The Bible is full of promises and warnings. All of them are true. But they do us no good unless we believe them. What comfort or hope or strength does a promise give if I doubt it? How can a warning help me if I don't take it seriously? This is all faith is-believing God or taking His Word seriously.

A promise read in unbelief will torture you; a warning read in unbelief will make you laugh; a Bible read in unbelief will do you far more harm than good.

The best way to increase your faith in the Bible is to read it. Though it is full of miracles and other unlikely events, the Bible doesn't come across as legendary or mythological at all. The stories are told as though they really happened. And, if you know God, His power, integrity, and grace, you know they could have happened-and did.

"Believe in the Lord your God and you shall be established; believe His prophets and you prosper".


"If we would have the Scripture effectual and saving, we must be sure, when we have read the Word, to hide it in our hearts. The Word, locked up in the heart, is a preservative against sin. Why did David hide the Word in his heart? `That I might not sin against You'. As one would carry an antidote with him if he should come to an infected place, so David carried the Word in his heart to preserve him from the infection of sin. When the seed is hidden in the ground, the corn springs up; so, when the Word is in the heart, it brings forth good fruit".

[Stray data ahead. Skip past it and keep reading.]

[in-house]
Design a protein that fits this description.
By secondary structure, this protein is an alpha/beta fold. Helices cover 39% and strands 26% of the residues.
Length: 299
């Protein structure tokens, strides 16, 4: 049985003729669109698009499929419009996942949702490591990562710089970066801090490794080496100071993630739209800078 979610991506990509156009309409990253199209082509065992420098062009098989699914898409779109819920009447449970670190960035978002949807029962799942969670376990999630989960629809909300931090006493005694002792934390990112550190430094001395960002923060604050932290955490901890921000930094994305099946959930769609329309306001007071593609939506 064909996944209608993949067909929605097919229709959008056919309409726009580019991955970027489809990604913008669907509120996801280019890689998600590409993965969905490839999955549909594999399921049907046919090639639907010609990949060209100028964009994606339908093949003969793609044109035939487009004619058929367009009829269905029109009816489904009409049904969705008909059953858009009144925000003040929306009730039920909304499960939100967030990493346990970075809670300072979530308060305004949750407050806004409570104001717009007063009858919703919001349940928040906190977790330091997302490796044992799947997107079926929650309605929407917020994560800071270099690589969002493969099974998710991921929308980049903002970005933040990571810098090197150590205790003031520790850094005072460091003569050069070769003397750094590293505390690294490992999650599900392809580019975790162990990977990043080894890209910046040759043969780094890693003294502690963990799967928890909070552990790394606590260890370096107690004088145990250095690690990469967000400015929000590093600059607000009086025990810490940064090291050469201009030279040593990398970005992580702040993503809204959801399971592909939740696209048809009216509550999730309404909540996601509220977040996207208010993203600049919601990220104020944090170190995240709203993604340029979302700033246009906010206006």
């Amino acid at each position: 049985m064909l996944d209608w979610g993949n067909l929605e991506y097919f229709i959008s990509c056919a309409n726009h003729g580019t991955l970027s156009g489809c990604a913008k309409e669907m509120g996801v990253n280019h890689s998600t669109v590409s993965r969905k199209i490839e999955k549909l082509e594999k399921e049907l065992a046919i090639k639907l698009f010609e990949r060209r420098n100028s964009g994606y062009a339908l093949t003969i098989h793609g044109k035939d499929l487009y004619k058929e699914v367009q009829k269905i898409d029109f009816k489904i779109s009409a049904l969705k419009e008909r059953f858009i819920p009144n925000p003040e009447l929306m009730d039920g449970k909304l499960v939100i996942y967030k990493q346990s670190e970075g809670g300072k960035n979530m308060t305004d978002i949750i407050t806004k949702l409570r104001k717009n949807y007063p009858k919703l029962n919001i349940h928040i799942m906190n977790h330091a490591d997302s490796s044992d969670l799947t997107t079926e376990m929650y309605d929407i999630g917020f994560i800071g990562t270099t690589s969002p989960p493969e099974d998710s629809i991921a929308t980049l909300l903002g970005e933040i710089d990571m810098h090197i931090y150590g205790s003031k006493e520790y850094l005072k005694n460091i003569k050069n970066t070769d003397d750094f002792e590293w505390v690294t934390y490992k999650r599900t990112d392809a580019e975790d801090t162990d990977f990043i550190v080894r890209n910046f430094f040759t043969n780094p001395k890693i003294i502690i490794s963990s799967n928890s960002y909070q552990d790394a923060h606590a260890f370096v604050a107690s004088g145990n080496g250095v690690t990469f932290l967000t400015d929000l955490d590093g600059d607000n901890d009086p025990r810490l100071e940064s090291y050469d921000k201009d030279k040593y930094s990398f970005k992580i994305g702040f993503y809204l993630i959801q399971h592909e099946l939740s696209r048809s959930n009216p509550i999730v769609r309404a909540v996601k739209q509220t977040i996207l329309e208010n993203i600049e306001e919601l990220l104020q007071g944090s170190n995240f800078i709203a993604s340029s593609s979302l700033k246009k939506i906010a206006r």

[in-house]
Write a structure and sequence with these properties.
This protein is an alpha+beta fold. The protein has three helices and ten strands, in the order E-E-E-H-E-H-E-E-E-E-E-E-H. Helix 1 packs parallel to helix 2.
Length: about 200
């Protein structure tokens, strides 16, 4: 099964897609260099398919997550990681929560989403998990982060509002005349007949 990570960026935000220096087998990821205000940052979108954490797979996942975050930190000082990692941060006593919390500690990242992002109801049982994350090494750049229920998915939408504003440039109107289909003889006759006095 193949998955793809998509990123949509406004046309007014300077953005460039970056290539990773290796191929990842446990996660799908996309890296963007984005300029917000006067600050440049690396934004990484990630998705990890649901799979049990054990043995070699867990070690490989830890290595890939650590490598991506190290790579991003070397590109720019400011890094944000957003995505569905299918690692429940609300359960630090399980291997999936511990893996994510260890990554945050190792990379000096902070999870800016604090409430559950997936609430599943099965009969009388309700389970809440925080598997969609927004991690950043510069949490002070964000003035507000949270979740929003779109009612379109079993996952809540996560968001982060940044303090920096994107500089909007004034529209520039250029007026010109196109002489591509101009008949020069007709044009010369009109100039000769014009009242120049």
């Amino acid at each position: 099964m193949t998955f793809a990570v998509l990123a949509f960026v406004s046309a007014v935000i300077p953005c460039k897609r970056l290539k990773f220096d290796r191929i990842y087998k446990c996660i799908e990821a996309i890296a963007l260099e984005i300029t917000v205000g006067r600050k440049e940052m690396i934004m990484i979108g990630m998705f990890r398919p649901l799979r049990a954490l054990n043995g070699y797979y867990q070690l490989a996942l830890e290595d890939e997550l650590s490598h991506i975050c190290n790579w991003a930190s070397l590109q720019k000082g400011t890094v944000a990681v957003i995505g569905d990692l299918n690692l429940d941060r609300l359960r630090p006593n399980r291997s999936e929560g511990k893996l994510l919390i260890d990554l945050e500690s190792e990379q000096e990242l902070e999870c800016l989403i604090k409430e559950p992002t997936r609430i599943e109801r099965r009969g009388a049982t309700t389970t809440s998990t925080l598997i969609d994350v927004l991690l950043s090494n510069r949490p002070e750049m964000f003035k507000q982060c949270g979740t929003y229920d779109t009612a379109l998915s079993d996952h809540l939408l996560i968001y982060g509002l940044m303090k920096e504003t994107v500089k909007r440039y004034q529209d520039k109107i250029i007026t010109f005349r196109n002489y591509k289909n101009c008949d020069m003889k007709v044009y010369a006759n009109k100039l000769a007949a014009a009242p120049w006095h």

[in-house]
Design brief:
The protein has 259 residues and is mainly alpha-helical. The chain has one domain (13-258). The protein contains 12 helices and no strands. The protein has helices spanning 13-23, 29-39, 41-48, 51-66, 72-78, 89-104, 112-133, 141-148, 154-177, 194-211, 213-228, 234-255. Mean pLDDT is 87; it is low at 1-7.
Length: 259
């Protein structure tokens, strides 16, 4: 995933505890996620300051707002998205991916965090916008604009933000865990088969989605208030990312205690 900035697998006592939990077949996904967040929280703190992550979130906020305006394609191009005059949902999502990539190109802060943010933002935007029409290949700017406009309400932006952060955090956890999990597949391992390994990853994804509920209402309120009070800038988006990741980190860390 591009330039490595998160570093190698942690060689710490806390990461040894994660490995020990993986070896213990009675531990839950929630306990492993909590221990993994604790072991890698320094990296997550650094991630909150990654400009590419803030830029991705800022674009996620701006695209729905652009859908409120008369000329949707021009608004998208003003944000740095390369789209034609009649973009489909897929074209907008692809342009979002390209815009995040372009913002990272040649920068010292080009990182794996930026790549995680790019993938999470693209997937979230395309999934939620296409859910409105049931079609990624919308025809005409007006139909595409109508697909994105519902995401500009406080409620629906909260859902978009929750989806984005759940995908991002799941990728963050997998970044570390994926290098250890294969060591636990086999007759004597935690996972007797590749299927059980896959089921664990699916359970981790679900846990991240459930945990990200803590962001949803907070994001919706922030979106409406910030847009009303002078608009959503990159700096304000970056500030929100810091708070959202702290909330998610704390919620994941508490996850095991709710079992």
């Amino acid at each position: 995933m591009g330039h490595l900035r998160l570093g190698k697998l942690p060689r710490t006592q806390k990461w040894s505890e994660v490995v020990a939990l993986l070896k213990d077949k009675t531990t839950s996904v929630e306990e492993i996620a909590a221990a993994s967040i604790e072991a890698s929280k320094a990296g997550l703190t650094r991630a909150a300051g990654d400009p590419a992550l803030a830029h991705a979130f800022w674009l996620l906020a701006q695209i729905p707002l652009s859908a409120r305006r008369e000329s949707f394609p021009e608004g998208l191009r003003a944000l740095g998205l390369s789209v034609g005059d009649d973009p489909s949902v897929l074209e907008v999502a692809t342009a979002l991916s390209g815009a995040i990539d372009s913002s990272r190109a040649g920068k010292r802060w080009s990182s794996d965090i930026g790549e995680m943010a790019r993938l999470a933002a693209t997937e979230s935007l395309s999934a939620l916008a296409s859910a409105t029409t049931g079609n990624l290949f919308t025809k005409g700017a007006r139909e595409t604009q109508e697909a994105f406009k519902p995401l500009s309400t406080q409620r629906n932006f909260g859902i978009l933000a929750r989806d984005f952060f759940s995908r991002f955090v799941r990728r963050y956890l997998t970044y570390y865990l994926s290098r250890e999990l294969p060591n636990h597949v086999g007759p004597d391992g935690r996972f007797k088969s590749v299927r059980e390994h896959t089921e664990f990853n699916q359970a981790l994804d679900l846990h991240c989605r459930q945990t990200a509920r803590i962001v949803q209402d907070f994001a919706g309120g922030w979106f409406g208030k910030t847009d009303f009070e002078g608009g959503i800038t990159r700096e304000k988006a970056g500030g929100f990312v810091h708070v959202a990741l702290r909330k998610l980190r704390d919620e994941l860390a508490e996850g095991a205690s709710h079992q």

Hiding God's Word in your heart is another way of saying meditation. To meditate is not to empty your mind, but to fill it-to fill it up with the Word.

Meditation is to the Word what digestion is to food. If a man cannot digest his food, he can eat all day and starve! In the same way, if a Christian does not meditate on the Word, his daily reading will do him no good. It makes no difference how good the Word is or how much he enjoys reading it. If he does not retain it and mull it over, his spiritual life will flicker and go out.

Television and computers have greatly reduced our attention span. We're restless and easily bored; instead of reading books, we wait for the movie to come out! Our politicians speak in soundbites--not paragraphs. Sermons are getting shorter and shorter. Maybe the strangest book I've ever seen has this title:

"The One Minute Devotional Bible".